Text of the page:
Wednesday, January 21, 2015

Life Goes On



The Nationals introduced Scherzer today and rumors continue to swirl about what the next move may be, but life goes on. The Scherzer deal means people have kind of moved on, but after the Clippard trade, a lot of fans were worried about the Nationals’ bullpen. Those worries came about due to the depth (or perceived lack thereof) as well as the hesitation some people have in handing over the closer duties to Drew Storen without a “proven closer” behind him in case he struggles.

Compiling a bullpen is a constant challenge given the small sample size that is a reliever season. For example, I pulled every reliever that earned at least 10 saves in 2013. My assumption is that teams put their best reliever in to earn the saves in the 9th (not always true, and not always the right strategy, but we will run with it), so we are looking at essentially the cream of the crop. That gave us 35 pitchers. I then pulled their 2014 ERA and compared to their 2013. We ended up with only 29 comparisons as Mariano Rivera retired, Ernesto Frieri lost his job and bounced around not pitching much in the majors, Heath Bell fell apart (only to be put back together by the Nationals, fingers crossed), and 3 players got hurt and pitched only a handful of innings. 

These examples in themselves can be insightful. Relievers come out and usually throw 2-3 pitches (or even one pitch in the case of Rivera) as hard as possible, relying on velocity and hard breaking pitches to get their outs. This leads to incredible stress on elbows and shoulders, even in short bursts. It also means the loss of a little velocity off the fastball or a little bite off the slider due to age results in a huge drop off in results. That’s why nearly 20% of the top closers in 2013 didn’t even make the cut for our comparison in 2014.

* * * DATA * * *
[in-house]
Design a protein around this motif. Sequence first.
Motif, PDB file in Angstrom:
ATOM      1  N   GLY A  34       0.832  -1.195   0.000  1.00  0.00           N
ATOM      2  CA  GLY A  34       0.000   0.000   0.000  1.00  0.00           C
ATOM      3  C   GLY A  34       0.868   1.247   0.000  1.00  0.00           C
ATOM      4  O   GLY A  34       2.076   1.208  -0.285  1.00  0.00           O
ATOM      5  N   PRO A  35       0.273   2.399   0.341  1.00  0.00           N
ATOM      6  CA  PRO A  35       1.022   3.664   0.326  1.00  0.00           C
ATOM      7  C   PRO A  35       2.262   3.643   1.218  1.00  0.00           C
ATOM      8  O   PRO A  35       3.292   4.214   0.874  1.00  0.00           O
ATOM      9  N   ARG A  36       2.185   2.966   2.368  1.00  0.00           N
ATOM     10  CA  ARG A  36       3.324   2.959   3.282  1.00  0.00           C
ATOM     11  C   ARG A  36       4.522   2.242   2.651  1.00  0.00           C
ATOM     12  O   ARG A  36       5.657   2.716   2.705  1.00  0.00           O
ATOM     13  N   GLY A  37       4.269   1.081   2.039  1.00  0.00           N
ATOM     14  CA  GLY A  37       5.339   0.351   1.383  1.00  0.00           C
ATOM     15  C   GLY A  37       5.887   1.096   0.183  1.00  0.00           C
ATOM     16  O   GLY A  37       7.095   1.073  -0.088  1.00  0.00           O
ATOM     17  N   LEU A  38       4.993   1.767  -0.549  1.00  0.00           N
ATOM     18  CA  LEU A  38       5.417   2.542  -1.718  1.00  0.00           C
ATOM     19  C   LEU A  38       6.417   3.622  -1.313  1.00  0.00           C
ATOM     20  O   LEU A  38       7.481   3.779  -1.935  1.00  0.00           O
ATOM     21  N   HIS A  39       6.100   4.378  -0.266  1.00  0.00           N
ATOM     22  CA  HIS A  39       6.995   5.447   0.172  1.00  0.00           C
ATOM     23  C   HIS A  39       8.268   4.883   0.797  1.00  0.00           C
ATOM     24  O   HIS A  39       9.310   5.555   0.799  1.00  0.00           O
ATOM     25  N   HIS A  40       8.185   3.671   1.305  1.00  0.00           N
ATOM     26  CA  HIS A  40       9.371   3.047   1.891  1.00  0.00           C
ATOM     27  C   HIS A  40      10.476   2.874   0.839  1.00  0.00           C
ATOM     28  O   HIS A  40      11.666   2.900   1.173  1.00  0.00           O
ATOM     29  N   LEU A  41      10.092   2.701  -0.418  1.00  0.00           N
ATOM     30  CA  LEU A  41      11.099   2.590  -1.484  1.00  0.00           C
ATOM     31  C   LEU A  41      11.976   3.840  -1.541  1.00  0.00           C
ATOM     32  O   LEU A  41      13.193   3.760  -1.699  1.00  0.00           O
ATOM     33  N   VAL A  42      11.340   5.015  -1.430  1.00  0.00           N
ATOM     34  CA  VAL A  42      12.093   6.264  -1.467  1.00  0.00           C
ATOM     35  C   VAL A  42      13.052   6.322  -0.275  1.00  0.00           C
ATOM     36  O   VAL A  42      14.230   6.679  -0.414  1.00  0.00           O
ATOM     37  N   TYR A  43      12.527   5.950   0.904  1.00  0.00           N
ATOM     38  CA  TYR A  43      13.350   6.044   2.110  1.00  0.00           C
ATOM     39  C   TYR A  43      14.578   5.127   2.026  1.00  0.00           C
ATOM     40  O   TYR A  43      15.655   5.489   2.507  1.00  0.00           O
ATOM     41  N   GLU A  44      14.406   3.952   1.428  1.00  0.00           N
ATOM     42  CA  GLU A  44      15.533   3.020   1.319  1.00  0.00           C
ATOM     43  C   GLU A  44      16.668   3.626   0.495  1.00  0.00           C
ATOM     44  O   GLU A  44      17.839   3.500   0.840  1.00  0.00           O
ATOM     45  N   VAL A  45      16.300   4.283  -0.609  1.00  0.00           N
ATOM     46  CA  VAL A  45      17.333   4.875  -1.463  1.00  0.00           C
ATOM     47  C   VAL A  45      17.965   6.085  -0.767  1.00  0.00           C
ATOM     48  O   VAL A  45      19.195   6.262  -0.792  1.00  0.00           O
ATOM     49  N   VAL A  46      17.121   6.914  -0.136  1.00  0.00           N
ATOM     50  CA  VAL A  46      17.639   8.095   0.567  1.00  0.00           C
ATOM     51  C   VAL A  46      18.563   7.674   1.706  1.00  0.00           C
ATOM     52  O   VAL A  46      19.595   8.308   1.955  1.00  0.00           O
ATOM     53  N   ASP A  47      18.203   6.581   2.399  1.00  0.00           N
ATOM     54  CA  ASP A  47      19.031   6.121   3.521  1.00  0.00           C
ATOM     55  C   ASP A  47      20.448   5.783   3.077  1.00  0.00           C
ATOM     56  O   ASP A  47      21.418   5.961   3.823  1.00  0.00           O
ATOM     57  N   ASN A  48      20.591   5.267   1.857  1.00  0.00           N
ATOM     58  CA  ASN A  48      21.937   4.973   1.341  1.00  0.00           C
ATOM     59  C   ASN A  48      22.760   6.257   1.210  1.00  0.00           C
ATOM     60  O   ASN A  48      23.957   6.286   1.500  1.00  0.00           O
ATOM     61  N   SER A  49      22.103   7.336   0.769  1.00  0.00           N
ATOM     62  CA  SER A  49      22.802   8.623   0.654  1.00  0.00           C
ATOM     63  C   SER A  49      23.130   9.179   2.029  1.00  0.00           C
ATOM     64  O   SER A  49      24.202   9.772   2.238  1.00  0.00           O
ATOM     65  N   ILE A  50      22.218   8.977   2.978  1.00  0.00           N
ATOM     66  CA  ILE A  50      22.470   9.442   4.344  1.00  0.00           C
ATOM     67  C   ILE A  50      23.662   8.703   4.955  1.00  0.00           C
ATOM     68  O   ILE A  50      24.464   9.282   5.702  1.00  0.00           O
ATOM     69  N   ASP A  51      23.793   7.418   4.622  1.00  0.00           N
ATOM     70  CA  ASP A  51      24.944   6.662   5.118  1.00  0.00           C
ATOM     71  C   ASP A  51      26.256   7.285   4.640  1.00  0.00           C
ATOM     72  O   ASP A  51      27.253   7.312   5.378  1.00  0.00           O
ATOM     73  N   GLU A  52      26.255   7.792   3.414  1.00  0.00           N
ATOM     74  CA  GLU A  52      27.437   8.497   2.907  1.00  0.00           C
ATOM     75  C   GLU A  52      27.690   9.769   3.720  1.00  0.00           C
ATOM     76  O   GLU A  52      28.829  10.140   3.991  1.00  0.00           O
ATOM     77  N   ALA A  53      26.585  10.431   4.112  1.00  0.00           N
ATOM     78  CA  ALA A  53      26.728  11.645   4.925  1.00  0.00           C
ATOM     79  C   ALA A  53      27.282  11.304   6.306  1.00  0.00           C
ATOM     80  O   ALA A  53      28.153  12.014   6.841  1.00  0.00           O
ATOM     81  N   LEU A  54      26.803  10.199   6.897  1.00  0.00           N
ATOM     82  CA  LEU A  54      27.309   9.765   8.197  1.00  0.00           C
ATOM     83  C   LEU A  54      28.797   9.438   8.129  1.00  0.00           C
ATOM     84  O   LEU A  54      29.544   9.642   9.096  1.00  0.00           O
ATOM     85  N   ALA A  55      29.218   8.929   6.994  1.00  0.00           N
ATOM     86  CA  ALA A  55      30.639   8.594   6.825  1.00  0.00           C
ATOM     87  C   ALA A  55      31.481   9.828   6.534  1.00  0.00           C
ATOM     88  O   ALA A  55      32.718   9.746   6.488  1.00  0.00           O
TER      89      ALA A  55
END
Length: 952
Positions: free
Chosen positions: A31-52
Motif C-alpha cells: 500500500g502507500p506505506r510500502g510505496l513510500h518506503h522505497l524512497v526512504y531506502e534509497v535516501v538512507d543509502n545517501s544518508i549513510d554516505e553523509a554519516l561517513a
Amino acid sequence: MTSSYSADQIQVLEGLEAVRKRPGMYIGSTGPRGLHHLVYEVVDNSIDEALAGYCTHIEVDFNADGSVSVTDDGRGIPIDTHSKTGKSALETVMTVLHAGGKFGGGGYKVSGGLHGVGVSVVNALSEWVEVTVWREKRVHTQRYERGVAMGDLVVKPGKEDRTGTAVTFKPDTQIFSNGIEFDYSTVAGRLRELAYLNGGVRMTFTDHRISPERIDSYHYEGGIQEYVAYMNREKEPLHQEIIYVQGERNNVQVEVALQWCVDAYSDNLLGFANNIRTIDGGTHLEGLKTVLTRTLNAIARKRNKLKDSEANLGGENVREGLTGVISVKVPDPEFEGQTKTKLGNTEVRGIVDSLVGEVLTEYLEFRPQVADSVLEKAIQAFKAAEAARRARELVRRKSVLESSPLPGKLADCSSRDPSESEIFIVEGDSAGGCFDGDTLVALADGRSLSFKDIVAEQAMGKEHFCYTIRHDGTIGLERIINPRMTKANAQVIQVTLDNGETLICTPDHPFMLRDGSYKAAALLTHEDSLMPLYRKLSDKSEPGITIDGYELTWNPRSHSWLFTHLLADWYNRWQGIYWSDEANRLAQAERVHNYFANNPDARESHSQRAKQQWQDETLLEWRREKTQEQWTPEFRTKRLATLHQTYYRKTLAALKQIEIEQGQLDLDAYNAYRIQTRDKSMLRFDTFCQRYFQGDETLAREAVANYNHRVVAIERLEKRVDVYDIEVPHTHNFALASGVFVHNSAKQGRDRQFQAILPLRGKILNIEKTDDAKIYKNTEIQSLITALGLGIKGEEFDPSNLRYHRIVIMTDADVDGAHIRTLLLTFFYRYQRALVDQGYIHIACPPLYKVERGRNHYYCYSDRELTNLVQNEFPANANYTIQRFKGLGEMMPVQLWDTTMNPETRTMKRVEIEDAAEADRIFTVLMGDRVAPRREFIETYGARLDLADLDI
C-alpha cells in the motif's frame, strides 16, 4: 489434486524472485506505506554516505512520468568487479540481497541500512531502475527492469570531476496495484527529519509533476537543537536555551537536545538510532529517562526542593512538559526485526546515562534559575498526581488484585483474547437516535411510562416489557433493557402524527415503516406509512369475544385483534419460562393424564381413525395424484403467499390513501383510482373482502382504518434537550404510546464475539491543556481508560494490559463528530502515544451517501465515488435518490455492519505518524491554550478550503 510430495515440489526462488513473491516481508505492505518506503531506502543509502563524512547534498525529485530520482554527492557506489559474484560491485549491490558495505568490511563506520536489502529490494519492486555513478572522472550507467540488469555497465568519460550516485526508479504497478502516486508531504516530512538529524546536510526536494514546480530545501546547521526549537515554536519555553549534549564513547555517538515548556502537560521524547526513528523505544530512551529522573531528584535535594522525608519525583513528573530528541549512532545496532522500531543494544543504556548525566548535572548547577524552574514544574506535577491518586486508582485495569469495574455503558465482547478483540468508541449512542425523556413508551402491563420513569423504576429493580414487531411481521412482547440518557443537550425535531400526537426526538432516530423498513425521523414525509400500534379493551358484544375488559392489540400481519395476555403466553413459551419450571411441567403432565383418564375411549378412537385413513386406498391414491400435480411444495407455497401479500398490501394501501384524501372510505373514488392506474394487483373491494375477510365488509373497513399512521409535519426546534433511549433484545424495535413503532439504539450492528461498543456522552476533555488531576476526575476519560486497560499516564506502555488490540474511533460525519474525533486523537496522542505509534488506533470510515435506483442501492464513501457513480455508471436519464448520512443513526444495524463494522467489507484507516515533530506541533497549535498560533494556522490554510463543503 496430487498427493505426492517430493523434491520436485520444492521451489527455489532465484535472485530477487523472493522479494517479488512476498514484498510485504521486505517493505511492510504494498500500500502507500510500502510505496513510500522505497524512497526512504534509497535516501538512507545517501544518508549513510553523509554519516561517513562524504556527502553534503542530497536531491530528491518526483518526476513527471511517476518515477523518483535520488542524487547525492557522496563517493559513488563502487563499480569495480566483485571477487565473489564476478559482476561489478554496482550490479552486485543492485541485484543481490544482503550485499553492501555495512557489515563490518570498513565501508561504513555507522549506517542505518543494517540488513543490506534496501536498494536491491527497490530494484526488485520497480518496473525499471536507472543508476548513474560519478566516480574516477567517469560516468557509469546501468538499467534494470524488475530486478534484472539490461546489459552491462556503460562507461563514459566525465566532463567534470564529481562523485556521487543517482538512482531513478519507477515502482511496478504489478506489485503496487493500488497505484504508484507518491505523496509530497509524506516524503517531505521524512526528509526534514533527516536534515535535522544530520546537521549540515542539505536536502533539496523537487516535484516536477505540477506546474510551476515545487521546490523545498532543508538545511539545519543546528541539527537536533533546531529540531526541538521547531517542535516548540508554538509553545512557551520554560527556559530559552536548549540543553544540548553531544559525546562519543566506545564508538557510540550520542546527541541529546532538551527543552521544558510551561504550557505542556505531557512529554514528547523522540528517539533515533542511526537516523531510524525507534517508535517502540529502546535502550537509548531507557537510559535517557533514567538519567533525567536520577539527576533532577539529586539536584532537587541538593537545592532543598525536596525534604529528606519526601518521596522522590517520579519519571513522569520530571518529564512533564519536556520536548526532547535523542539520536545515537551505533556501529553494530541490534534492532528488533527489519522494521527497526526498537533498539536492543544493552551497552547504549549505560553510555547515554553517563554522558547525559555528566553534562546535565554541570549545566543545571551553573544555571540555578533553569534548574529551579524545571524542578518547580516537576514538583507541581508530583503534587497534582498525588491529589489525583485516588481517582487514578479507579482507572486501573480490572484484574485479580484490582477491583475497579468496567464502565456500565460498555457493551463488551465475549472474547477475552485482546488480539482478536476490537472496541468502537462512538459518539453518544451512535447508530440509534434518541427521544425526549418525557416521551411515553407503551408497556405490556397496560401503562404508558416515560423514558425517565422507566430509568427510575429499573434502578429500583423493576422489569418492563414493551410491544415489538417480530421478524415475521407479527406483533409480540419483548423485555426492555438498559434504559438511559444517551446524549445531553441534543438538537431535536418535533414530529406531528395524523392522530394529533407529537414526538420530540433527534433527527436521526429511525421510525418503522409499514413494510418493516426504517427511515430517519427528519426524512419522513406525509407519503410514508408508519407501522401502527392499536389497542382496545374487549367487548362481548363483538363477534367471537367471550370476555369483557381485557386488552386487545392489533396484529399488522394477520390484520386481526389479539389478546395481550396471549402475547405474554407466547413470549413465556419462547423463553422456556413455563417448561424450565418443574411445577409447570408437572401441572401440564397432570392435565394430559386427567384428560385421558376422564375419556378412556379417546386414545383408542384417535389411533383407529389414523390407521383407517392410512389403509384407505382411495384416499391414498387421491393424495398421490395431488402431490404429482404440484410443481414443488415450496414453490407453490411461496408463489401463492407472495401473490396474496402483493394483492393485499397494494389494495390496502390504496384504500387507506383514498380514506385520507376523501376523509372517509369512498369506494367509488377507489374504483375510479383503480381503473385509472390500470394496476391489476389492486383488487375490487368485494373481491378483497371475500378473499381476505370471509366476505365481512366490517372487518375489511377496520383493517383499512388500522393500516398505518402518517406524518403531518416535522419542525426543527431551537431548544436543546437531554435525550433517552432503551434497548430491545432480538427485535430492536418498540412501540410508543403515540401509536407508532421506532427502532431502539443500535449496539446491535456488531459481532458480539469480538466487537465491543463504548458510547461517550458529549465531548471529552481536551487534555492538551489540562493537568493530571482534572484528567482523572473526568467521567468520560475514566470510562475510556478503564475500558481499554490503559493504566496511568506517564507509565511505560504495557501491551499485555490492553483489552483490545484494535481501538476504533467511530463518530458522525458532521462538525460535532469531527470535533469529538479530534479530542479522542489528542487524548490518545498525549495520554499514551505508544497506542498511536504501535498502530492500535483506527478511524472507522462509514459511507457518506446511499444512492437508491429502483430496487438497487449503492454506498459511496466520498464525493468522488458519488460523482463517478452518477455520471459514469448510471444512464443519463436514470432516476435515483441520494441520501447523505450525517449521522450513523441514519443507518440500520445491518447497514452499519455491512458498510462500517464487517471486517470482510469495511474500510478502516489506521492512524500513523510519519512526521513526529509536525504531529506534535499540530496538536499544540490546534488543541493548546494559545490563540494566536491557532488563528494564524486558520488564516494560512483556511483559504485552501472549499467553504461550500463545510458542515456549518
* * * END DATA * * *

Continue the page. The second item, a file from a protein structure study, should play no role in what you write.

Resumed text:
Anyways, back to the numbers. Of the 29 players left, 12 had a 2014 ERA a run or more higher than their 2013 and 4 had an ERA a run or more lower than their 2013 ERA. A full 55% of the sample was over one run off their ERA from the year before. For those more visually inclined, here is a graph with 2013 ERA on one axis and 2014 ERA on the other. If there was a solid relation, you would expect to see some incline, with a slope closer to 1 indicating a more consistent year to year relationship:

 

As you see, the slope is less than 0.1. Last year’s ERA has almost no impact on what this year’s ERA will be, even for the best relievers in the game. Yes, I acknowledge this isn’t the most scientific way to examine this issue. I’m using it an as example, but when it has been examined more closely, it has been shown that a reliever’s single season performance has little predictive value to the next because the sample sizes are just too small for true talent to shine over all the other variables in play. 

So don’t count out the Nationals’ bullpen just yet. Young guys can get the call and put up great numbers. The Nationals could go after some of the free agents still available (Francisco Rodriguez, Burke Badenhop, John Axford) and get solid contributions out of them. In my opinion, building a good bullpen has more do with scouting than numbers, and I trust Mike Rizzo and his team’s ability to scout. After all, even when the Nationals were terrible, they usually had at least one solid bullpen contributor that Rizzo could turn into prospects at the trade deadline.

Finally, people are worried about Drew Storen after his well documented blown saves in the playoffs the last two trips. His playoff numbers are truly ugly: 8.44 ERA in 6 appearances. If reliever single seasons are tough to judge because of the small sample size, playoff numbers are impossible to judge because of miniscule sample sizes. Storen has only thrown 5.1 innings and given up 5 runs. That’s one bad start for a starting pitcher. Yes, Storen had a bit of a mental collapse during the 2013 season, but I think that had more to do with Soriano’s presence than his failure in the preceding playoffs. Even then, that was only the matter of a few innings and his career ERA of 2.94 is very impressive. If you are still not convinced, then I guess you will have to agree that someone who has posted a 5.12 ERA in 11 games and 51 innings pitched clearly can’t handle the pressure of the playoffs and needs to be benched. Good luck convincing the Dodgers to leave ClaytonKershaw off their playoff roster.

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